Praise be to beef liver stew, to gravy biscuits
and home-baked bread, to women
in work pants and suspenders who worked like dogs
in the packing shed, up to elbows
in rose clippings. You fed us well, O goddesses
of goulash and green beans, of Sunday dinners
wrangled from the coop. For penny money
and seamstressing, praise. For parsnips
and sweet potatoes, praise. Even for the years lost
to sharecropping and strawberries, hallelujah.
You worked until the final hour then rose
three days later, baby squalling on your hip,
back to breaking canes, clipping hooks,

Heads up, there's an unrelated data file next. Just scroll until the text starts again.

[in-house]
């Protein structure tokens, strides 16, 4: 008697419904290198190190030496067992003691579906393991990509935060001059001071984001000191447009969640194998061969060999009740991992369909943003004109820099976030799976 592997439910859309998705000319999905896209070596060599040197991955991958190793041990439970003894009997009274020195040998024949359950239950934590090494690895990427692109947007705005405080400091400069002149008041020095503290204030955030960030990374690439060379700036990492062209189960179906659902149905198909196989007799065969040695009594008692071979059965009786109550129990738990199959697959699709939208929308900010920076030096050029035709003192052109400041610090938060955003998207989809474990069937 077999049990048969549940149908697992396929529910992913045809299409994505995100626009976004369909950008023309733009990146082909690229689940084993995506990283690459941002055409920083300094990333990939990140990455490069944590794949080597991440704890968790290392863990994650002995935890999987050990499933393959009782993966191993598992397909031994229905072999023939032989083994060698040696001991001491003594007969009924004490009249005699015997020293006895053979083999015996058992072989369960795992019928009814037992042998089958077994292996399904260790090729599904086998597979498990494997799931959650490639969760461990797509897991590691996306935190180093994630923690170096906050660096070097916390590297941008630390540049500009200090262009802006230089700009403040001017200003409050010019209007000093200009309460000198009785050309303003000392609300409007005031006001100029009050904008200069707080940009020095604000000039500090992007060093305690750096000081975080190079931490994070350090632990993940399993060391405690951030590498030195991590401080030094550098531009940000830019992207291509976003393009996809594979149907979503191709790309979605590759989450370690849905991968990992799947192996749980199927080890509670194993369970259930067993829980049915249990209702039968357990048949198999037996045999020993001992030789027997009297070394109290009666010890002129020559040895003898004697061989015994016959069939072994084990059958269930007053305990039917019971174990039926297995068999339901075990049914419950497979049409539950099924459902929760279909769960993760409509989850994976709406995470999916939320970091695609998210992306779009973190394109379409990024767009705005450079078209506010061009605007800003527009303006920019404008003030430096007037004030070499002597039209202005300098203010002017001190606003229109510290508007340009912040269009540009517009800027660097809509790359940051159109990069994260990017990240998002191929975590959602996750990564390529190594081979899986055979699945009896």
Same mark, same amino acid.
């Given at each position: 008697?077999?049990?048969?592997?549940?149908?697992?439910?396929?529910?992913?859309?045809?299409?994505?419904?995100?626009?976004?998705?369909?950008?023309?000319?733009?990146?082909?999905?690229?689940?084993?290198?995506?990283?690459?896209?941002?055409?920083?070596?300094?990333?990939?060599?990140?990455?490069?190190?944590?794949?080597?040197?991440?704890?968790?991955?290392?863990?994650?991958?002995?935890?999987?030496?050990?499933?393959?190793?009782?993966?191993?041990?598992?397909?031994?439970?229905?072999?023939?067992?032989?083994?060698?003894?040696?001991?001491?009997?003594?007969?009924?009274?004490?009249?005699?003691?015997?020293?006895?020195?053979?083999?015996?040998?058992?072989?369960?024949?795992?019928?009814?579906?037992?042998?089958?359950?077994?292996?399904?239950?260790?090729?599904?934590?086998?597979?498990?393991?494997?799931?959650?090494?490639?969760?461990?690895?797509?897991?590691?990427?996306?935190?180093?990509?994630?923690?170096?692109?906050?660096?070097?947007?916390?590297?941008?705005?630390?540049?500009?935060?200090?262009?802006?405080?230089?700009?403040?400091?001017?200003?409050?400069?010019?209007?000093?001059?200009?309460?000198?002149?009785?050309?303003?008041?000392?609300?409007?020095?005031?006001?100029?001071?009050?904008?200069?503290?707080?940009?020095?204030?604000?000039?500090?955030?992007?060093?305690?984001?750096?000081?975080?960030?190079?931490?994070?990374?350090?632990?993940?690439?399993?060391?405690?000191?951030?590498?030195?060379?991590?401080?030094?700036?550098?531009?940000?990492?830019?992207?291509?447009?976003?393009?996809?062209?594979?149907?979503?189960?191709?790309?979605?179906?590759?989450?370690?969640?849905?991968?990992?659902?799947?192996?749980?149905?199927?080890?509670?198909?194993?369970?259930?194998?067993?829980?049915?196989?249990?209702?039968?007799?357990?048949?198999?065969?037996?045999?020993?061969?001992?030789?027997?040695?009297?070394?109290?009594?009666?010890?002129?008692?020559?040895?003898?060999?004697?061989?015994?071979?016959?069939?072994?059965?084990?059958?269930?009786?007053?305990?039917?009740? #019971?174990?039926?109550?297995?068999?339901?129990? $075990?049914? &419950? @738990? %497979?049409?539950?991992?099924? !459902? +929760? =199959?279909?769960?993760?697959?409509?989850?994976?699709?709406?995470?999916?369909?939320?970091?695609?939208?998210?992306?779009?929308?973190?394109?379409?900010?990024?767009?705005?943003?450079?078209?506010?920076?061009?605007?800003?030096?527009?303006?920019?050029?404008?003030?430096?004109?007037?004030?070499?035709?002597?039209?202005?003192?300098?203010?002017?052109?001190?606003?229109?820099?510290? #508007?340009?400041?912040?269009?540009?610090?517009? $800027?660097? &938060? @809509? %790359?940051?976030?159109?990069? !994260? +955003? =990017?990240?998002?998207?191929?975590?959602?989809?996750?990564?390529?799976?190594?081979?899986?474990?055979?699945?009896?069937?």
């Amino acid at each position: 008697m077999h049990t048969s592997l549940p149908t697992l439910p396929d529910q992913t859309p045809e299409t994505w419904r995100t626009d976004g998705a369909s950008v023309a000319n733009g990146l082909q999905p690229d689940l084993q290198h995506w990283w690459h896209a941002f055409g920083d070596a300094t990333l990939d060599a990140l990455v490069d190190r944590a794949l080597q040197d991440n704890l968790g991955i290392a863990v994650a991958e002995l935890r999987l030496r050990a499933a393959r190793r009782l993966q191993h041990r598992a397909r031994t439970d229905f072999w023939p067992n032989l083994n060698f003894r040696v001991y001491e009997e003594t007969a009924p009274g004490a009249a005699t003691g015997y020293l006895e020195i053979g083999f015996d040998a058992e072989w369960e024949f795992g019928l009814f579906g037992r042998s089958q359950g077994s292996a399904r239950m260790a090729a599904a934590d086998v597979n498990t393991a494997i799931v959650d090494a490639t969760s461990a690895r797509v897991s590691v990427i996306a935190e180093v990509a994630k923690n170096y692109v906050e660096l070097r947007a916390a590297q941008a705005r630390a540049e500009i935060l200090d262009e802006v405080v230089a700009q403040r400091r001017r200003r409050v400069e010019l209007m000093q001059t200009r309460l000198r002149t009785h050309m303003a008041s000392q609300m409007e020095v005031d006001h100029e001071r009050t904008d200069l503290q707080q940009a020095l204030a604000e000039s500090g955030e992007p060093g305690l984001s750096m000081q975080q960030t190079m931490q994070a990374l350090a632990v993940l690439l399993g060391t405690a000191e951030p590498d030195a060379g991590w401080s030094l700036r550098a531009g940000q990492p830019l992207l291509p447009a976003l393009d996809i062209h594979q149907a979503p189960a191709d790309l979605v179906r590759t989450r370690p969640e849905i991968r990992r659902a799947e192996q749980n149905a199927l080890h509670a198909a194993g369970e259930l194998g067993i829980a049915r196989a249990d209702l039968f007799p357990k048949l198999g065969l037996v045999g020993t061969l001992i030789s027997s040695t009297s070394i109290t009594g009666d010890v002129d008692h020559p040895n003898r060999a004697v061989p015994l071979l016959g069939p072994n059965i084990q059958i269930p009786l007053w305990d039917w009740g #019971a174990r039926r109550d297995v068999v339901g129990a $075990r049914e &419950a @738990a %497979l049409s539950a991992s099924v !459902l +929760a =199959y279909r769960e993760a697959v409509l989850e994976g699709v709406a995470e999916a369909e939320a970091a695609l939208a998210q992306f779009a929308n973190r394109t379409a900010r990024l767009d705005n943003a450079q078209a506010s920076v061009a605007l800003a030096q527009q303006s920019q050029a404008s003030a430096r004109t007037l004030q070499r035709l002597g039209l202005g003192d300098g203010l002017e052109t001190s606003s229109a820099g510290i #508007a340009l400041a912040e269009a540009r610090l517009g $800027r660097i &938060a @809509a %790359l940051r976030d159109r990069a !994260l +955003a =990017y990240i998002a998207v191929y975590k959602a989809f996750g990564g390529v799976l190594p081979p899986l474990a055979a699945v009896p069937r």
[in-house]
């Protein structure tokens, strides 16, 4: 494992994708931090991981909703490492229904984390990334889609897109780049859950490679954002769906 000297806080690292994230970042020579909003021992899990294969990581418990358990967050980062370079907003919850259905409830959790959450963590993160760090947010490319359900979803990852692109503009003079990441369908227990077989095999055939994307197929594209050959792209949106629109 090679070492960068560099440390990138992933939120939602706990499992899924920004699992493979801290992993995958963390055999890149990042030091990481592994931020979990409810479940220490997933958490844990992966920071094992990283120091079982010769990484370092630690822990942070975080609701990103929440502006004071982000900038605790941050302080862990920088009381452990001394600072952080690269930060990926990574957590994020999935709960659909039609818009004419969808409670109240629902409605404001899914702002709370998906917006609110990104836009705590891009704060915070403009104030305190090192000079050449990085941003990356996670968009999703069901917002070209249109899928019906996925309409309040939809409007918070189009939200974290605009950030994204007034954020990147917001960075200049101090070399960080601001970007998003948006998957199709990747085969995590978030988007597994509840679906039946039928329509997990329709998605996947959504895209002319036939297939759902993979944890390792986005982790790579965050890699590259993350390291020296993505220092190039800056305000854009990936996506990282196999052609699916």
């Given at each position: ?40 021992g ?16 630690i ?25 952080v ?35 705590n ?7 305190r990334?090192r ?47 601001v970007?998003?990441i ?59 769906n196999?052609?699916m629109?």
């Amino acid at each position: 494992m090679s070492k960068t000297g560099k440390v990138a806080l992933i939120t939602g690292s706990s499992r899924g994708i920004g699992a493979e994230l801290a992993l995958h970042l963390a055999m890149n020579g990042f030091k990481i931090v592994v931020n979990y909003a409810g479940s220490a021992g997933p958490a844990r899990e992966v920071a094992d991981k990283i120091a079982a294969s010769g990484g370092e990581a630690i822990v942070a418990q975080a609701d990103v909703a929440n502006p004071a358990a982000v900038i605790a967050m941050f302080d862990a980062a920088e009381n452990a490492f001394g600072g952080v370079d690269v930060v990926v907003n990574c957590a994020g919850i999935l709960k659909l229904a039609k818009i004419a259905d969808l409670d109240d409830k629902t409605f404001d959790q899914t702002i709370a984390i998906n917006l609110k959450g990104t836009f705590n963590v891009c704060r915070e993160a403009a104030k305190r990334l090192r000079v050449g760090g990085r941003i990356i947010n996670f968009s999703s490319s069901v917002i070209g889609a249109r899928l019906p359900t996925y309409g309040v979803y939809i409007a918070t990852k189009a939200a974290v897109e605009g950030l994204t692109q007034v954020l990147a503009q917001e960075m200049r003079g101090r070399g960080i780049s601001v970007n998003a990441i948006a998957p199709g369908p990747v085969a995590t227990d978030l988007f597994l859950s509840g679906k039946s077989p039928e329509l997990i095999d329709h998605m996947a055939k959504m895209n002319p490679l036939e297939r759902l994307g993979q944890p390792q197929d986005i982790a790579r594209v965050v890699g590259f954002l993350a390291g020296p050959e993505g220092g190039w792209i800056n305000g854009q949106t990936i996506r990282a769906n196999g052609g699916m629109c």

hustling the men through lunch hour.
No breaks, boys. Hallelujah to Pond’s Cold Cream,
to curling rags and church bento socials.
Praise to the nursery truck revving in the morning,
the clank of steel pipes and boiler-
house rumble. All glory to the Berkeley streetcar
and Key Route electric train, the smokestacks
of Richmond and foggy peaks of San Francisco.
And because they’re what taught us to praise,
glory to the roses run wild, the packing shed
left to cobweb. Praise to the crowded horse stalls
and half-built barracks of Rohwer, Arkansas,
dusty sheets and muffled nights of Block 9-9-C,
100. Sakai, Chu. 102. Sakai, Ruby. 103. Sakai, Kazue.
O praise to the camp midwives, the Nisei girls
shooting hoops and swatting birdies when their mothers
weren’t looking. And to the college-bound coed
who crossed the country, camp release papers
in hand, hallelujah. Her truth marches on.
Copyright © 2018 Mia Ayumi Malhotra
Used with the permission of The Permissions Company, LLC on behalf of Alice James Books.